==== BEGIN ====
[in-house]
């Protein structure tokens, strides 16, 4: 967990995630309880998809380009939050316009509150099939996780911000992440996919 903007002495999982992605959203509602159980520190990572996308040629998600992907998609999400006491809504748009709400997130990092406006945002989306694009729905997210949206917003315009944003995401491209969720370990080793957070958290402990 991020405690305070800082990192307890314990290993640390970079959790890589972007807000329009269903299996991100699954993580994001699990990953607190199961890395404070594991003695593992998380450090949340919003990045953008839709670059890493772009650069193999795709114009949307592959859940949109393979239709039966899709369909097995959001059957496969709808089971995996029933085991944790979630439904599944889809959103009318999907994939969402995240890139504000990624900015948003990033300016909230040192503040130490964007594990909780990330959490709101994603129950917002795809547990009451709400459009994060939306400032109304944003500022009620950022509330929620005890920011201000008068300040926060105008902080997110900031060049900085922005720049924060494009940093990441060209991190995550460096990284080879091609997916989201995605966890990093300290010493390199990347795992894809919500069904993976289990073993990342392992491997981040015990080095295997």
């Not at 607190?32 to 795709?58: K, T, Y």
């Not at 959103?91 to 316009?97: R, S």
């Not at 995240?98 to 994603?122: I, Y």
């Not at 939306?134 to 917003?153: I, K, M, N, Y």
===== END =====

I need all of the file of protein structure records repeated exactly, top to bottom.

[in-house]
């Protein structure tokens, strides 16, 4: 967990995630309880998809380009939050316009509150099939996780911000992440996919 903007002495999982992605959203509602159980520190990572996308040629998600992907998609999400006491809504748009709400997130990092406006945002989306694009729905997210949206917003315009944003995401491209969720370990080793957070958290402990 991020405690305070800082990192307890314990290993640390970079959790890589972007807000329009269903299996991100699954993580994001699990990953607190199961890395404070594991003695593992998380450090949340919003990045953008839709670059890493772009650069193999795709114009949307592959859940949109393979239709039966899709369909097995959001059957496969709808089971995996029933085991944790979630439904599944889809959103009318999907994939969402995240890139504000990624900015948003990033300016909230040192503040130490964007594990909780990330959490709101994603129950917002795809547990009451709400459009994060939306400032109304944003500022009620950022509330929620005890920011201000008068300040926060105008902080997110900031060049900085922005720049924060494009940093990441060209991190995550460096990284080879091609997916989201995605966890990093300290010493390199990347795992894809919500069904993976289990073993990342392992491997981040015990080095295997």
């Not at 607190?32 to 795709?58: K, T, Y």
């Not at 959103?91 to 316009?97: R, S």
């Not at 995240?98 to 994603?122: I, Y």
């Not at 939306?134 to 917003?153: I, K, M, N, Y």